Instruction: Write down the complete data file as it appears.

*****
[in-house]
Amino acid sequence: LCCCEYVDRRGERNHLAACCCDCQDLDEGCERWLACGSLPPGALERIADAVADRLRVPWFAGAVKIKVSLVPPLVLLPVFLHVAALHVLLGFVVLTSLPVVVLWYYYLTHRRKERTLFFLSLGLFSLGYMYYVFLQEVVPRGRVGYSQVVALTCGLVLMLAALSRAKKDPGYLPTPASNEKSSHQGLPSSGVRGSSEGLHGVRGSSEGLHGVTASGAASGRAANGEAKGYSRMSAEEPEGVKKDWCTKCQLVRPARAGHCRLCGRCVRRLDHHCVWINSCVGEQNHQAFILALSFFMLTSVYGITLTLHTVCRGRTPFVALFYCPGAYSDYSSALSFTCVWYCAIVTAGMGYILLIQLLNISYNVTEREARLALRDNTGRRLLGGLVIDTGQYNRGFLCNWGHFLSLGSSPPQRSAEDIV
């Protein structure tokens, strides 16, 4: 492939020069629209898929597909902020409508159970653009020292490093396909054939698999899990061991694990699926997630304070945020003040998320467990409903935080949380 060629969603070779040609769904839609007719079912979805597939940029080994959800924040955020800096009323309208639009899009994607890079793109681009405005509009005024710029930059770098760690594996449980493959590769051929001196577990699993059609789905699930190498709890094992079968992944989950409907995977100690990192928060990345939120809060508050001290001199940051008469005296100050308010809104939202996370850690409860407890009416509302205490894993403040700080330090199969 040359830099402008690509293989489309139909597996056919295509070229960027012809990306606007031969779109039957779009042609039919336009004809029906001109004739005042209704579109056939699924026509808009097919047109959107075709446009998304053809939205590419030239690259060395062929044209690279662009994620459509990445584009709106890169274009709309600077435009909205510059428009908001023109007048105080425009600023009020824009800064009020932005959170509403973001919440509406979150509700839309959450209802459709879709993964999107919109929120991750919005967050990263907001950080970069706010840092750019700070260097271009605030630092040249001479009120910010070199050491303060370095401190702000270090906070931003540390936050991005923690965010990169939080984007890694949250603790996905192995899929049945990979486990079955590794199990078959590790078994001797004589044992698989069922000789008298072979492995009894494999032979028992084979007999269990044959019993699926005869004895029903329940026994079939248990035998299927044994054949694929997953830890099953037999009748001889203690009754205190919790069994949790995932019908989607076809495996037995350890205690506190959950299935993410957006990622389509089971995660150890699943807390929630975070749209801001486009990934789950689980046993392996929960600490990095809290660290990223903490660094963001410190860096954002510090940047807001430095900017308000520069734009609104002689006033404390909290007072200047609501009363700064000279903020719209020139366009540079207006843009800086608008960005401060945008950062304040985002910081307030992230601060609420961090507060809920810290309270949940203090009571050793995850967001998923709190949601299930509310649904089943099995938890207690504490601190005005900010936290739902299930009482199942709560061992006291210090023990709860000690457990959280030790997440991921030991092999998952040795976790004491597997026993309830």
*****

[in-house]
Amino acid sequence: LCCCEYVDRRGERNHLAACCCDCQDLDEGCERWLACGSLPPGALERIADAVADRLRVPWFAGAVKIKVSLVPPLVLLPVFLHVAALHVLLGFVVLTSLPVVVLWYYYLTHRRKERTLFFLSLGLFSLGYMYYVFLQEVVPRGRVGYSQVVALTCGLVLMLAALSRAKKDPGYLPTPASNEKSSHQGLPSSGVRGSSEGLHGVRGSSEGLHGVTASGAASGRAANGEAKGYSRMSAEEPEGVKKDWCTKCQLVRPARAGHCRLCGRCVRRLDHHCVWINSCVGEQNHQAFILALSFFMLTSVYGITLTLHTVCRGRTPFVALFYCPGAYSDYSSALSFTCVWYCAIVTAGMGYILLIQLLNISYNVTEREARLALRDNTGRRLLGGLVIDTGQYNRGFLCNWGHFLSLGSSPPQRSAEDIV
């Protein structure tokens, strides 16, 4: 492939020069629209898929597909902020409508159970653009020292490093396909054939698999899990061991694990699926997630304070945020003040998320467990409903935080949380 060629969603070779040609769904839609007719079912979805597939940029080994959800924040955020800096009323309208639009899009994607890079793109681009405005509009005024710029930059770098760690594996449980493959590769051929001196577990699993059609789905699930190498709890094992079968992944989950409907995977100690990192928060990345939120809060508050001290001199940051008469005296100050308010809104939202996370850690409860407890009416509302205490894993403040700080330090199969 040359830099402008690509293989489309139909597996056919295509070229960027012809990306606007031969779109039957779009042609039919336009004809029906001109004739005042209704579109056939699924026509808009097919047109959107075709446009998304053809939205590419030239690259060395062929044209690279662009994620459509990445584009709106890169274009709309600077435009909205510059428009908001023109007048105080425009600023009020824009800064009020932005959170509403973001919440509406979150509700839309959450209802459709879709993964999107919109929120991750919005967050990263907001950080970069706010840092750019700070260097271009605030630092040249001479009120910010070199050491303060370095401190702000270090906070931003540390936050991005923690965010990169939080984007890694949250603790996905192995899929049945990979486990079955590794199990078959590790078994001797004589044992698989069922000789008298072979492995009894494999032979028992084979007999269990044959019993699926005869004895029903329940026994079939248990035998299927044994054949694929997953830890099953037999009748001889203690009754205190919790069994949790995932019908989607076809495996037995350890205690506190959950299935993410957006990622389509089971995660150890699943807390929630975070749209801001486009990934789950689980046993392996929960600490990095809290660290990223903490660094963001410190860096954002510090940047807001430095900017308000520069734009609104002689006033404390909290007072200047609501009363700064000279903020719209020139366009540079207006843009800086608008960005401060945008950062304040985002910081307030992230601060609420961090507060809920810290309270949940203090009571050793995850967001998923709190949601299930509310649904089943099995938890207690504490601190005005900010936290739902299930009482199942709560061992006291210090023990709860000690457990959280030790997440991921030991092999998952040795976790004491597997026993309830």